I had to get. Social networks have become in gigantic data bases that can be tracked in various ways through their APIs and which have given rise to applications appear as NameTag.
This unique tool allows that we take a picture with the phone to another person and that photo is used to perform a search by image of the face for contrast it with millions of images people that are taken from social networks and allow us to identify them.
NameTag servers are responsible for that operation to then offer us all the public information of that person available on social networks like Facebook, Twitter or Instagram, but things are going beyond.
The company responsible for the application, FacialNetwork, wants to take advantage of this capability so that we can know if that person is looking for partner in online dating services like Plenty of Fish or Match.com, which are spectacularly popular in the United States.
In fact, their creators also want to include in that database 450,000 entries from the national registry of sexual offenses in the United States, as well as other criminal records It allows to know if the person identified is in these databases.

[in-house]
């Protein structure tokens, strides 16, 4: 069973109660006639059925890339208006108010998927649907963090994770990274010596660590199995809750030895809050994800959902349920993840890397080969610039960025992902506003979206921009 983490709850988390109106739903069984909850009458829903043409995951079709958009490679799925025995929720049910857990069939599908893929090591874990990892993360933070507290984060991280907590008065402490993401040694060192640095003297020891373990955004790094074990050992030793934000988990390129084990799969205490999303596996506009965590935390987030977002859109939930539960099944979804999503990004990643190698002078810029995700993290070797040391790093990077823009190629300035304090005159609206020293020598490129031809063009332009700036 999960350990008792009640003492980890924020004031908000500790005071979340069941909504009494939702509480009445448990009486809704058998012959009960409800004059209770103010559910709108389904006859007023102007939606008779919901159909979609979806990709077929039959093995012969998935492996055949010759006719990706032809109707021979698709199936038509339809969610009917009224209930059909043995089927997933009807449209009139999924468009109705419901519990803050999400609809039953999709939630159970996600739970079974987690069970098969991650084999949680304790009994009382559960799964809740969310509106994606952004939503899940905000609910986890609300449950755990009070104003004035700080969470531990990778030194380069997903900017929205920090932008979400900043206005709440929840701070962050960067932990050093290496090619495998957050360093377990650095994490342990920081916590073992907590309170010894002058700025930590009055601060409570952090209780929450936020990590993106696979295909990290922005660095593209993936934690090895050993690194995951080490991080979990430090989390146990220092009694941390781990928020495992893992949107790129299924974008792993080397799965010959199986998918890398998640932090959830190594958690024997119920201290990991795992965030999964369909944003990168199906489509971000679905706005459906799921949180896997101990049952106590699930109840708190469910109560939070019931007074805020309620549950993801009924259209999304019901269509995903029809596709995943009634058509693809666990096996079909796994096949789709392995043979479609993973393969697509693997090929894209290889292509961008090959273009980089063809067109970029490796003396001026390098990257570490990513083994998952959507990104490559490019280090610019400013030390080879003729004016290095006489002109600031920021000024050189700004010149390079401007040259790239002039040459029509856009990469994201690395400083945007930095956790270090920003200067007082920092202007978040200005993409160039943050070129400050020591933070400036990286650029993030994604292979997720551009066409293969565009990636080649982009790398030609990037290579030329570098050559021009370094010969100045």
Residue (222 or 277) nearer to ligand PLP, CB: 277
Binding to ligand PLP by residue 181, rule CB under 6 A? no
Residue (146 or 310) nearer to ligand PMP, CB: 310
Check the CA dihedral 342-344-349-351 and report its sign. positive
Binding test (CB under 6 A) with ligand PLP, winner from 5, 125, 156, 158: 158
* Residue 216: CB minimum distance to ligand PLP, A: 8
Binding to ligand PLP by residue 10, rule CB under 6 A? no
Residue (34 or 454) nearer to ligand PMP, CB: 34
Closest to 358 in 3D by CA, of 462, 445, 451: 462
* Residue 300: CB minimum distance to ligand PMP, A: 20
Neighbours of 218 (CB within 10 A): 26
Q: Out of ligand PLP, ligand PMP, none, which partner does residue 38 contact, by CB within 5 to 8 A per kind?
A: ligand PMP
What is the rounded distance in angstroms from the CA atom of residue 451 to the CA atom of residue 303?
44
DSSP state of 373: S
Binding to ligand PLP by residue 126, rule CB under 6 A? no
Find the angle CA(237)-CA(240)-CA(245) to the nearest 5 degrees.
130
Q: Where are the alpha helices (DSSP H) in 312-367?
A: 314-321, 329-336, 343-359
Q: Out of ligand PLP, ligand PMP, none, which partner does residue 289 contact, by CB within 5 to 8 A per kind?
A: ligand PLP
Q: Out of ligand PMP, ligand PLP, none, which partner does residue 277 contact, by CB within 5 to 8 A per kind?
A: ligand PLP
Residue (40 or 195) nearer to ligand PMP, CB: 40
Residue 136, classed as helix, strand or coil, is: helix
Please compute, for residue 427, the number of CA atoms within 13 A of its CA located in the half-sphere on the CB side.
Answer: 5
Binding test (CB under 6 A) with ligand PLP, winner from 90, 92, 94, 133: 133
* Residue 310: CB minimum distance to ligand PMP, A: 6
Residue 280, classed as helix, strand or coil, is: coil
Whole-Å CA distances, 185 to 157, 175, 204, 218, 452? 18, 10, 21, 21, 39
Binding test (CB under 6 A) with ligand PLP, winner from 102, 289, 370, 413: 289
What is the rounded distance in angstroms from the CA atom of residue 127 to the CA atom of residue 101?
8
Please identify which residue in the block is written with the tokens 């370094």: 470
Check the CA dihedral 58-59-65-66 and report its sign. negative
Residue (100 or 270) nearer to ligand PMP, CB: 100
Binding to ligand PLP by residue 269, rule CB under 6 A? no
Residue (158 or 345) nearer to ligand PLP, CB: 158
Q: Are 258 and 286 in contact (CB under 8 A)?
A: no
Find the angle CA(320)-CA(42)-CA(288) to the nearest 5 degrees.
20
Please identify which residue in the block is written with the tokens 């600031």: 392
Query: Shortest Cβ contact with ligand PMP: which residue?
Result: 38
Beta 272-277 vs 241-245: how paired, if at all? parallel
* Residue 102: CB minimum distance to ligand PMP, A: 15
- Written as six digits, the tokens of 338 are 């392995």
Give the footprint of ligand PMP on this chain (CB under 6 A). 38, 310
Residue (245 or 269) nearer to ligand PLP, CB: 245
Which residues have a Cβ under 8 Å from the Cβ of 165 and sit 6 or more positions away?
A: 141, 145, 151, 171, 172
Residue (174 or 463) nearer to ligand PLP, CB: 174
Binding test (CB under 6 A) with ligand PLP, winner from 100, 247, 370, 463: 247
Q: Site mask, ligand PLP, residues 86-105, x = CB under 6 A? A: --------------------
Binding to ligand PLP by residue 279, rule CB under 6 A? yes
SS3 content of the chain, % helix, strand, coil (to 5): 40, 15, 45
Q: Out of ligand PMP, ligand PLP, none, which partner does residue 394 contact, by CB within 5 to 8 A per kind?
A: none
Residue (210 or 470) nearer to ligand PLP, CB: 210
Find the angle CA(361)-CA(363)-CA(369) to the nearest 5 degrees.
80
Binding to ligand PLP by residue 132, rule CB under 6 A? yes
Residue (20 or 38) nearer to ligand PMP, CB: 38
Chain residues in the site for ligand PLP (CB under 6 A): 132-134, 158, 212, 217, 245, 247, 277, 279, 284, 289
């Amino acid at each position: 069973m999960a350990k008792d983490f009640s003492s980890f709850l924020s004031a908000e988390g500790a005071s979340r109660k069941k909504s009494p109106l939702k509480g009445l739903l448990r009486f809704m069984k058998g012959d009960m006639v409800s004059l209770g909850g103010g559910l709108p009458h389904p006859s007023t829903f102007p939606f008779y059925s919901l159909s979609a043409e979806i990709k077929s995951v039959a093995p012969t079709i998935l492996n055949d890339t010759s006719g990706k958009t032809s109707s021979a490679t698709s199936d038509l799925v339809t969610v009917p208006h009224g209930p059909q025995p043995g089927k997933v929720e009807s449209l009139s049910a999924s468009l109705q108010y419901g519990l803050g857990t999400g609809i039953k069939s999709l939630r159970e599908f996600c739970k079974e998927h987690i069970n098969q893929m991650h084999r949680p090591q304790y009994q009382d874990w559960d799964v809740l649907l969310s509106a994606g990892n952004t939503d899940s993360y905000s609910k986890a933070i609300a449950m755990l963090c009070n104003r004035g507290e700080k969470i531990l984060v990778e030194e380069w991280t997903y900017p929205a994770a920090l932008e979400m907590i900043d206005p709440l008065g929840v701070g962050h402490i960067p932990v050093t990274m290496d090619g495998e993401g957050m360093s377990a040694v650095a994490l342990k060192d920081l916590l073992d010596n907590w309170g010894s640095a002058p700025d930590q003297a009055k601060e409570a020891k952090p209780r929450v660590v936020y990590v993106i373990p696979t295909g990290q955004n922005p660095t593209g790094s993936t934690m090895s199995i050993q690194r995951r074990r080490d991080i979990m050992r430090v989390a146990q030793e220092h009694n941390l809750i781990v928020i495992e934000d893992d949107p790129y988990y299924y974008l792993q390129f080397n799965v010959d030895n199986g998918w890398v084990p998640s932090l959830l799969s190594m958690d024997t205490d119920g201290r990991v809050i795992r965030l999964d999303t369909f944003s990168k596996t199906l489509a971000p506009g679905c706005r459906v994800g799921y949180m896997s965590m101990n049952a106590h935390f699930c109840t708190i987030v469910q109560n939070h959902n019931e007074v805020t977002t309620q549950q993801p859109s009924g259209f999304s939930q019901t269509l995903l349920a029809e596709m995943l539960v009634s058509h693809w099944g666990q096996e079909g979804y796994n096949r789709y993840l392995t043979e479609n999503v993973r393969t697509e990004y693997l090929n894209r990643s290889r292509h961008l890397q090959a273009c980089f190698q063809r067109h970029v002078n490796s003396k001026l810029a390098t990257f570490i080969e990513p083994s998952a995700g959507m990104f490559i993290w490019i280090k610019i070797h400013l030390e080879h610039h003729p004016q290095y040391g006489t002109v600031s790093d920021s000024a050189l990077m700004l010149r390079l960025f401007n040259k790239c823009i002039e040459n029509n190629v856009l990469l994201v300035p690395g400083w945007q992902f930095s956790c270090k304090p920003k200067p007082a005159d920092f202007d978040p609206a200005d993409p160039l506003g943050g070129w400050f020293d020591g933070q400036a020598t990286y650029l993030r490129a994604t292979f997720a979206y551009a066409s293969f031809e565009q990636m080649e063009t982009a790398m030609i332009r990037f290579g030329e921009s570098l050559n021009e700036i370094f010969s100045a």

NameTag and the privacy question
Of course the problem is that this app seems to skip – like others in the past – the barriers of privacy or at least the ethics. Sharing information on the Internet returns to prove to be a practice with certain risks.
Responsible for the tool indicate that users who are interested in staying out of these databases may disable that option in the company’s web site, www.nametag.com, and indicate that this tool “is not concerned with invading the privacy of nothing. The idea is to connect people who want to connect with her. “Even allow users have a profile that is visible during business hours, and another that will only be visible in social situations”. A concept least dangerous, I would say.